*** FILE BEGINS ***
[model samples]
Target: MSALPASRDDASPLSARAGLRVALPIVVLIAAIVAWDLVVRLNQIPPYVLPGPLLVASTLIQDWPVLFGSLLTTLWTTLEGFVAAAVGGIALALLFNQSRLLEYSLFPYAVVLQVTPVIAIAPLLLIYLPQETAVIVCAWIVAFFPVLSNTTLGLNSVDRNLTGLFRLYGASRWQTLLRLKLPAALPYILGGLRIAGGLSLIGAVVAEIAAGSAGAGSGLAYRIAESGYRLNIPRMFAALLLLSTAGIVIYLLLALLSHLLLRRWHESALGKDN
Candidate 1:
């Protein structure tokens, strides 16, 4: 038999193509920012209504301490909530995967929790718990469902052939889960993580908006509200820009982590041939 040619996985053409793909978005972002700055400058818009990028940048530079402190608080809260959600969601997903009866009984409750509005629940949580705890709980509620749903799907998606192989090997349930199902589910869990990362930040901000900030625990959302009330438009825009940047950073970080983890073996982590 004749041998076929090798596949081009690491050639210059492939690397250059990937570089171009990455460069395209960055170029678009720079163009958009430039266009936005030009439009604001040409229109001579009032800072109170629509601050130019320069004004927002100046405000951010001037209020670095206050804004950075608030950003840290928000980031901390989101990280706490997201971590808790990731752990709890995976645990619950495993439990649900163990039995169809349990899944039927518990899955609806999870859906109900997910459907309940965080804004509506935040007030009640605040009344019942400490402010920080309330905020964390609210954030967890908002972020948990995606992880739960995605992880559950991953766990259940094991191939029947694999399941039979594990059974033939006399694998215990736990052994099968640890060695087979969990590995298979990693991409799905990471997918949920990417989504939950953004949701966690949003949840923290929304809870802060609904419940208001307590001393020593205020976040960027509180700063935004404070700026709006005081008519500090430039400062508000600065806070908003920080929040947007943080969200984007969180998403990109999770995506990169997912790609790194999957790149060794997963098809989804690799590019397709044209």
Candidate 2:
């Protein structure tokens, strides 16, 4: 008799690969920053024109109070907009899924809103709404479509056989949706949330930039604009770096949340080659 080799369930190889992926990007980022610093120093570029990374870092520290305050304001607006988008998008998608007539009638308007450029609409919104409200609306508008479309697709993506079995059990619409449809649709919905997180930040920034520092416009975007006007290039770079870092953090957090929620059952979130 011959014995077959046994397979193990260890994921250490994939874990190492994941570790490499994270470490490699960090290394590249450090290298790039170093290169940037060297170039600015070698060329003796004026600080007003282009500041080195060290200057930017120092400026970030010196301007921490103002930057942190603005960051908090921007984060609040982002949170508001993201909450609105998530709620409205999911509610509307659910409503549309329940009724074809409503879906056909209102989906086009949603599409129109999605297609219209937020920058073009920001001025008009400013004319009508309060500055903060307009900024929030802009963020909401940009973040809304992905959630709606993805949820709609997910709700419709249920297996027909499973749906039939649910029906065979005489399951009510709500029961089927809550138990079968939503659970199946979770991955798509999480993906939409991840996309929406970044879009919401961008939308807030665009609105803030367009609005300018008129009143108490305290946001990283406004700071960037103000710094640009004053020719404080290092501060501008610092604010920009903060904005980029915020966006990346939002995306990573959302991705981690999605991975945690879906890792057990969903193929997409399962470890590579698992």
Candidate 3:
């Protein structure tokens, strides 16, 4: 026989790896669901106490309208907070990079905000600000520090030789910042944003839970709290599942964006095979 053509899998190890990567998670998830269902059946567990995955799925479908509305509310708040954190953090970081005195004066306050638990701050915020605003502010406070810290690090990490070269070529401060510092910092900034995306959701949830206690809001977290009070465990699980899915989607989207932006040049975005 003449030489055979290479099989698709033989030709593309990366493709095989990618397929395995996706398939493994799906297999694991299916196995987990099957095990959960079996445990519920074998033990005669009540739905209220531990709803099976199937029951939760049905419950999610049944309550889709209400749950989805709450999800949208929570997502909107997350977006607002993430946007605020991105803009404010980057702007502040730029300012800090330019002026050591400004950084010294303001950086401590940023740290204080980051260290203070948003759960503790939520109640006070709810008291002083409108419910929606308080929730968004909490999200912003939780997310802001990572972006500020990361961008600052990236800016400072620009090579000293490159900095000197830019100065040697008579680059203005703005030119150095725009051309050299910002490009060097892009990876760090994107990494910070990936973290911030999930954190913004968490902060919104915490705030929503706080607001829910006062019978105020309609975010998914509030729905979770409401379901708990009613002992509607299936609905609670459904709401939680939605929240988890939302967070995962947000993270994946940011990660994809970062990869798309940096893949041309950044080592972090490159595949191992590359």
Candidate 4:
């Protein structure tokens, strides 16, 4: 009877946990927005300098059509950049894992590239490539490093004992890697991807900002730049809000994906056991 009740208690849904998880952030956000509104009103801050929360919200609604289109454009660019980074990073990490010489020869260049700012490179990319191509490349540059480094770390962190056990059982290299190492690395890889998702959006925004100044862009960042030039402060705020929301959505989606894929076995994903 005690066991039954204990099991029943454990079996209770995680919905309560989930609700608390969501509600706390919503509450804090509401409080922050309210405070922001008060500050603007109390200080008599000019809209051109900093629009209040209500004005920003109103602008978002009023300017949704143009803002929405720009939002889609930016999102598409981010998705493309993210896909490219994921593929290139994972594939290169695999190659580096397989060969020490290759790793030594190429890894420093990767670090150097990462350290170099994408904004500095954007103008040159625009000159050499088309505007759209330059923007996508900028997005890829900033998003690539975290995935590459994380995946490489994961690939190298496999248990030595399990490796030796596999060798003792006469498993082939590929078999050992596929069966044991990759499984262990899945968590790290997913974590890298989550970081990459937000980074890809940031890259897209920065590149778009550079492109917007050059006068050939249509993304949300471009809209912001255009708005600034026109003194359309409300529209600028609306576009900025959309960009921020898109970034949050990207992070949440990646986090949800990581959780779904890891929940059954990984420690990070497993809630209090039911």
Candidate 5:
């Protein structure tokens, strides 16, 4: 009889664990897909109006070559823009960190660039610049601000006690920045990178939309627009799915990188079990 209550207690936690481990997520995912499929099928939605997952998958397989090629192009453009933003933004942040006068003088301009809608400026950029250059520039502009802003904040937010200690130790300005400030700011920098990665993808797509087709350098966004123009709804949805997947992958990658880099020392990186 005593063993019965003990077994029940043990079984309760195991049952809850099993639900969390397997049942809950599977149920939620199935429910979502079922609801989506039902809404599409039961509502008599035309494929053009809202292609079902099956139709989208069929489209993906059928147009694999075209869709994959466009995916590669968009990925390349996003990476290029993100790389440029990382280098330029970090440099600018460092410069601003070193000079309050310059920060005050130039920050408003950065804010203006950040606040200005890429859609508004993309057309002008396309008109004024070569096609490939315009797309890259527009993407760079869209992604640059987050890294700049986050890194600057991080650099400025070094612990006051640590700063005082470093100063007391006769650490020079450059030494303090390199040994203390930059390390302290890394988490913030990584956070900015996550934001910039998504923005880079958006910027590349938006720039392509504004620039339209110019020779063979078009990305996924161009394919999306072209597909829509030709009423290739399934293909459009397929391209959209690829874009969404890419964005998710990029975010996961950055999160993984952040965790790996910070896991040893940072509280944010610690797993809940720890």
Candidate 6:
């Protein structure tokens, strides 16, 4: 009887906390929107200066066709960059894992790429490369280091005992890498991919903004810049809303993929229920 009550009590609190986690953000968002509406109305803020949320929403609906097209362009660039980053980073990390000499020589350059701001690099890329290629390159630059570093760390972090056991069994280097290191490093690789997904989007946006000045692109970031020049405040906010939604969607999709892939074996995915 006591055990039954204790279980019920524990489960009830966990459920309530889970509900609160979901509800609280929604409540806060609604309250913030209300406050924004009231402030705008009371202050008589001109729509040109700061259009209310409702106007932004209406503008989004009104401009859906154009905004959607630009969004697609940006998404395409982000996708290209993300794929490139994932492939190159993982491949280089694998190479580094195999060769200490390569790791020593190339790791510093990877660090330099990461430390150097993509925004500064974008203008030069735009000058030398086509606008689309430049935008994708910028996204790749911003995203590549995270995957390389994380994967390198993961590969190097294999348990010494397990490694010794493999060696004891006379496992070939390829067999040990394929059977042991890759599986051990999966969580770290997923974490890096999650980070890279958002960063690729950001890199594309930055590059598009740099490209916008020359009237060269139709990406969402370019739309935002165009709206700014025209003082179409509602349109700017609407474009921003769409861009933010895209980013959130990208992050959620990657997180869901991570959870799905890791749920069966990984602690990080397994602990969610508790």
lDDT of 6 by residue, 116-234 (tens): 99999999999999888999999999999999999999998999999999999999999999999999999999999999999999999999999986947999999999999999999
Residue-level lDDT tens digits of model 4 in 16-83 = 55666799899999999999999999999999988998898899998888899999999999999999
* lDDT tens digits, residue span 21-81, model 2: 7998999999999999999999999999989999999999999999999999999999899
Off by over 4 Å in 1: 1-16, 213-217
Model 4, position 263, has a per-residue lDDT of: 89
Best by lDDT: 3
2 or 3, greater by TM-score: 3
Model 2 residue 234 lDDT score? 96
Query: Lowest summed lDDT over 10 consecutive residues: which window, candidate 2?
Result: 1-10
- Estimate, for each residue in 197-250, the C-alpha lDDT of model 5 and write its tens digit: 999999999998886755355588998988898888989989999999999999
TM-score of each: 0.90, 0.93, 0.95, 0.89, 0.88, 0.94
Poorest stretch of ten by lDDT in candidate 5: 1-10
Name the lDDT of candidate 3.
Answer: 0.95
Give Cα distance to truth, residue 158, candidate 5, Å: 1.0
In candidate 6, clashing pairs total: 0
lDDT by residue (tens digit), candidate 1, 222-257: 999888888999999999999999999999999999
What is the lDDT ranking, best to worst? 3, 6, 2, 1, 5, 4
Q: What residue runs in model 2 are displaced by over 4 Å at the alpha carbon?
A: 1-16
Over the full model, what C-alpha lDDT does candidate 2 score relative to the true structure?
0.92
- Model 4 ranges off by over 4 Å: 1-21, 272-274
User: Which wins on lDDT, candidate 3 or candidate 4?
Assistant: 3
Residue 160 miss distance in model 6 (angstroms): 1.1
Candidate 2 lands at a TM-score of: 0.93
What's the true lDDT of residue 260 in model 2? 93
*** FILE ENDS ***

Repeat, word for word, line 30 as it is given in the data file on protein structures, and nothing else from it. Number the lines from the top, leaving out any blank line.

Give Cα distance to truth, residue 158, candidate 5, Å: 1.0